Wednesday, 21 July 2021

Muddled thoughts on a hot night by Anne Booth

Here is a quote  I read on Facebook recently and found very helpful:

I always forget how important the empty days are, how important it may be sometimes not to expect to produce anything, even a few lines in a journal. A day when one has not pushed oneself to the limit seems a damaged damaging day, a sinful day. Not so! The most valuable thing one can do for the psyche, occasionally, is to let it rest, wander, live in the changing light of a room.
~ May Sarton

My husband built  my writing shed from scratch for me in 2002, then took it down when we moved across the village, and built it again in our  new garden in 2005, and it has been there ever since. Unfortunately, it has got a bit filled with family clutter, and my own clutter, so will never be an Instagram hit, but I love it, and I have cleared a little space and put a little copy of an icon on the table and a candle in front of it. The copy is of an ancient Coptic icon from the 6th century, of Christ and Abbot Mena, but it is also known as the Icon of friendship, as Jesus (on the right) has his arm around the Abbot. The original, pictured here, is in the Louvre, but it was made popular by the monks of Taizé, an ecumenical centre in France popular with young people, which I visited in my early twenties with my friend, Katy. I bought her a copy of the icon, and she bought me one, and so I think of her often, I have had this icon for about thirty five years. 

The reason why I mention this today is that life is very difficult at the moment for so many. I have been feeling so stressed about what is going on in our country, tweeting desperately, as if somehow I could, in a few well chosen words, copied in to the right people, singlehandedly with a tweet, change the course of history.  Of course, this does not work and it also does not help AT ALL with getting on with my own work, which also adds stress, and then, too often, I go and join my poor family for a meal and get very cross about politics (the auto correct changed politics to poetics, but alas, that is not true) and rant during dinner, or lunch or whatever meal my poor family are unfortunate enough to join me at. Then I go and tweet something about how we all need to calm down and get things in proportion, but I am a big hypocrite because I am often not calm AT ALL.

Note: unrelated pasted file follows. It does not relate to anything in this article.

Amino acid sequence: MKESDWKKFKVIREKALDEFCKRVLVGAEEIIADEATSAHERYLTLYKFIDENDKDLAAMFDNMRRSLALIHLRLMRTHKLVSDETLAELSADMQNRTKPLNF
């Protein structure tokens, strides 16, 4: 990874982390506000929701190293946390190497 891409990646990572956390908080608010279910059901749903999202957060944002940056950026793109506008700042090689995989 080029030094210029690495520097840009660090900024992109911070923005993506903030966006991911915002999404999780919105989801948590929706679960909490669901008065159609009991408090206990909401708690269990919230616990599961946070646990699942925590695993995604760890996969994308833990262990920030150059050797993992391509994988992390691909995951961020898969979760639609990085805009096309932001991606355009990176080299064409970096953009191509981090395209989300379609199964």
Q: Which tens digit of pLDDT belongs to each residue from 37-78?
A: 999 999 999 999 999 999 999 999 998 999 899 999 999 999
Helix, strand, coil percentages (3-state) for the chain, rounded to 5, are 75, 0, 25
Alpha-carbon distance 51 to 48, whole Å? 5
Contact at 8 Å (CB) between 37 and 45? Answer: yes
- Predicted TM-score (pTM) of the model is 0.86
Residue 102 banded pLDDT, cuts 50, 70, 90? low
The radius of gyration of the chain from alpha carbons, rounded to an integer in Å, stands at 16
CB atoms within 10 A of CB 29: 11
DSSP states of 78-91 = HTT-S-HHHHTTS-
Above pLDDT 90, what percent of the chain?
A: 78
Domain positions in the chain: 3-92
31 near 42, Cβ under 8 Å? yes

So I decided the other day, when I felt particularly desperate, that I needed to stop thinking I could save the world, and go and pray for an extended time,  and I went to my writing shed, and lit a candle in front of the icon of friendship. I looked out the window at my little attempt at a prayer garden, (which I love, but Barney our puppy is having a good go at wrecking, and has even pooed in, which Jung and Freud would both probably have a field day with, if they could ever get Barney to be still enough to go on a psychoanalyst's couch, and if they could understand his woofs and growls and yaps).  Anyway, I have recently planted an apple tree - it cost £33 and that is just the best use of £33 ever - the tree is young but tall with green leaves and no apples as yet, and I can see it from my window, so I looked out at that too. I can also see our kitchen window from my shed, and I love seeing my husband in the kitchen, unaware that I can see him, cooking or washing up or chatting with our children.